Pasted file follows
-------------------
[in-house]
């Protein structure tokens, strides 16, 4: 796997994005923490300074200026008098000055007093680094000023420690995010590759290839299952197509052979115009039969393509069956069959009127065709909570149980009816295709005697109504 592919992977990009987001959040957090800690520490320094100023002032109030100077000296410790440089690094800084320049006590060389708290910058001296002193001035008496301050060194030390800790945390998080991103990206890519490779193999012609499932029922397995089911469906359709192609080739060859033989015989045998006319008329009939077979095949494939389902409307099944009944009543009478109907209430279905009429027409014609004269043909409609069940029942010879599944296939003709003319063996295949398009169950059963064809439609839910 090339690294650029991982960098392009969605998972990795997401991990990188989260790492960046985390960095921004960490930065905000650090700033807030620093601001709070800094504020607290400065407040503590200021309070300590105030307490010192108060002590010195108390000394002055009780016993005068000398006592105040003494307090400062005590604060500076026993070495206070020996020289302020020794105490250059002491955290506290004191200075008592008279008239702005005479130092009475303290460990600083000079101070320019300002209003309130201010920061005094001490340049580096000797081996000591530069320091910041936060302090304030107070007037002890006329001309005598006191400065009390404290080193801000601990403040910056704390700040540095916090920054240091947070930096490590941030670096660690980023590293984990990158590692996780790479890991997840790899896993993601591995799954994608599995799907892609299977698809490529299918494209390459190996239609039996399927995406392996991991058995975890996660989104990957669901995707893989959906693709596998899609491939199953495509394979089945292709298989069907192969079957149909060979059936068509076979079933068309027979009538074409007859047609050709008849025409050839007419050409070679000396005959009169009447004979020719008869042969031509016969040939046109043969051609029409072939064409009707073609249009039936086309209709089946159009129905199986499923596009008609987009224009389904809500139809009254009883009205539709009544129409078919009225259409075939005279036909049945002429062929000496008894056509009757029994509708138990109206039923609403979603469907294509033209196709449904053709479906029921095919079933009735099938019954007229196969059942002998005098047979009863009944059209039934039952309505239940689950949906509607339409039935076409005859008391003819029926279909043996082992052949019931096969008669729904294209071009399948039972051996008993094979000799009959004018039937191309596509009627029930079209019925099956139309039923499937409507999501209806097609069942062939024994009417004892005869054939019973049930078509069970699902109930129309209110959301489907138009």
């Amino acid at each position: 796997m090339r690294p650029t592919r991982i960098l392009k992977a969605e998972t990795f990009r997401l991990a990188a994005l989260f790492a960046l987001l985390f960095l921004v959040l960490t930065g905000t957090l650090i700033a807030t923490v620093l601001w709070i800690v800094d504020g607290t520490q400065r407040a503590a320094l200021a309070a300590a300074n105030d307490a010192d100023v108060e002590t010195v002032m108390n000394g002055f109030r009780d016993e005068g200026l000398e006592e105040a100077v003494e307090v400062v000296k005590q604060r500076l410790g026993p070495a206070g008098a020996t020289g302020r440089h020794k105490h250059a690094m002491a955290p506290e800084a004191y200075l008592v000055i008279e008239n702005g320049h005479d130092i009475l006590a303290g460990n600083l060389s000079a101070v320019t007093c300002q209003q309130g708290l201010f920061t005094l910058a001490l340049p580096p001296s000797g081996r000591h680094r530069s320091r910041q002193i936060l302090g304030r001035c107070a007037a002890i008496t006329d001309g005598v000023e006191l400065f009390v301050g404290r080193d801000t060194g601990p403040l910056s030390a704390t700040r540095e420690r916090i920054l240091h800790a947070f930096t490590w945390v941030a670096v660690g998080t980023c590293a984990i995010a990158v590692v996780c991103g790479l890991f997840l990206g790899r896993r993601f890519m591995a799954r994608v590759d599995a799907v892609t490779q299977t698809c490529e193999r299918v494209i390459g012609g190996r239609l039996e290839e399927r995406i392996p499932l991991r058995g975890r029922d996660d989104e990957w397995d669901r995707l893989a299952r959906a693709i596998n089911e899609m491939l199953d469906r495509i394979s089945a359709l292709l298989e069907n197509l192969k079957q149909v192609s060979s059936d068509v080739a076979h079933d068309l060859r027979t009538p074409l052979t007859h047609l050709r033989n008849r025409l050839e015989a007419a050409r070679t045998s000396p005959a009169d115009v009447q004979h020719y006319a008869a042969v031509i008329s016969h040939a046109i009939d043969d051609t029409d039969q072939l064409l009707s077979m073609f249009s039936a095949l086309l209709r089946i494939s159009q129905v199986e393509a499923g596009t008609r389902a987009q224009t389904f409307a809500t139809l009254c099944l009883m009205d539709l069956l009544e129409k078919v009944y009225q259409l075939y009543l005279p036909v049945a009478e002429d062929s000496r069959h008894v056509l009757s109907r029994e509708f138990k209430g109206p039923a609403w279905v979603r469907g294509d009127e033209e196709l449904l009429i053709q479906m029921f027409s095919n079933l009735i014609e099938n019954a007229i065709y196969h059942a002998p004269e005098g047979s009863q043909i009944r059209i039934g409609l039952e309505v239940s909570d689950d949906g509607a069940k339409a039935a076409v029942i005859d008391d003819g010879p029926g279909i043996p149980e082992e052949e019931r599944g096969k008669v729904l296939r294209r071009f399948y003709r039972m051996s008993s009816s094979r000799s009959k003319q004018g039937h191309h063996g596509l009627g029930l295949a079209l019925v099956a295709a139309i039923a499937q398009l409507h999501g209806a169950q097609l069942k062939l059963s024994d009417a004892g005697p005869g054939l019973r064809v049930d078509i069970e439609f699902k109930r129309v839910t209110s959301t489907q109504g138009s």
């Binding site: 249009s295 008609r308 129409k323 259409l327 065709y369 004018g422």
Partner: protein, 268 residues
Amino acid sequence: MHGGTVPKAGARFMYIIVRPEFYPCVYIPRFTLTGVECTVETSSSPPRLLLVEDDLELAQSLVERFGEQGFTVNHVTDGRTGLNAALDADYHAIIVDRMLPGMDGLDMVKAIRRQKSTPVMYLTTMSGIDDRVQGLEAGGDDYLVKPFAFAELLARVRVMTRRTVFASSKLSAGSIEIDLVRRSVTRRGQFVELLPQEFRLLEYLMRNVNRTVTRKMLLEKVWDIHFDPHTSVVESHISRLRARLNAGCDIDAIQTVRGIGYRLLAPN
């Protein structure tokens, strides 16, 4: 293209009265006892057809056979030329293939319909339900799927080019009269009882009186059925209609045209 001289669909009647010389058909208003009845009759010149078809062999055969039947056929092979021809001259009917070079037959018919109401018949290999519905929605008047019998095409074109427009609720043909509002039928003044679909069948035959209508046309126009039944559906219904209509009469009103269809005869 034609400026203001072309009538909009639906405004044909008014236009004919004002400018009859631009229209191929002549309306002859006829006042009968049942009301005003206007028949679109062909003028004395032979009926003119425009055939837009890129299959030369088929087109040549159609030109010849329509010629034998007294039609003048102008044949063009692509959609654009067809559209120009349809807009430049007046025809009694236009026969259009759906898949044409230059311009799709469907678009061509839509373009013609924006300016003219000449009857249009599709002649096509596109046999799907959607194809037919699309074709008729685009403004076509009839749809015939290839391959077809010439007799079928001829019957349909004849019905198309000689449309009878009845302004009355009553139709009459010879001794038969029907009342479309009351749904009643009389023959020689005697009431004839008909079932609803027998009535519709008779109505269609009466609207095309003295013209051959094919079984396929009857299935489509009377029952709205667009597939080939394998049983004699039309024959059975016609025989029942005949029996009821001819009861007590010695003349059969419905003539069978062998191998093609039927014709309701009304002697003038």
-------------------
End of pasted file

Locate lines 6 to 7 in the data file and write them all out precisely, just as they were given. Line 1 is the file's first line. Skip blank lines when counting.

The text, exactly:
Amino acid sequence: MHGGTVPKAGARFMYIIVRPEFYPCVYIPRFTLTGVECTVETSSSPPRLLLVEDDLELAQSLVERFGEQGFTVNHVTDGRTGLNAALDADYHAIIVDRMLPGMDGLDMVKAIRRQKSTPVMYLTTMSGIDDRVQGLEAGGDDYLVKPFAFAELLARVRVMTRRTVFASSKLSAGSIEIDLVRRSVTRRGQFVELLPQEFRLLEYLMRNVNRTVTRKMLLEKVWDIHFDPHTSVVESHISRLRARLNAGCDIDAIQTVRGIGYRLLAPN
């Protein structure tokens, strides 16, 4: 293209009265006892057809056979030329293939319909339900799927080019009269009882009186059925209609045209 001289669909009647010389058909208003009845009759010149078809062999055969039947056929092979021809001259009917070079037959018919109401018949290999519905929605008047019998095409074109427009609720043909509002039928003044679909069948035959209508046309126009039944559906219904209509009469009103269809005869 034609400026203001072309009538909009639906405004044909008014236009004919004002400018009859631009229209191929002549309306002859006829006042009968049942009301005003206007028949679109062909003028004395032979009926003119425009055939837009890129299959030369088929087109040549159609030109010849329509010629034998007294039609003048102008044949063009692509959609654009067809559209120009349809807009430049007046025809009694236009026969259009759906898949044409230059311009799709469907678009061509839509373009013609924006300016003219000449009857249009599709002649096509596109046999799907959607194809037919699309074709008729685009403004076509009839749809015939290839391959077809010439007799079928001829019957349909004849019905198309000689449309009878009845302004009355009553139709009459010879001794038969029907009342479309009351749904009643009389023959020689005697009431004839008909079932609803027998009535519709008779109505269609009466609207095309003295013209051959094919079984396929009857299935489509009377029952709205667009597939080939394998049983004699039309024959059975016609025989029942005949029996009821001819009861007590010695003349059969419905003539069978062998191998093609039927014709309701009304002697003038």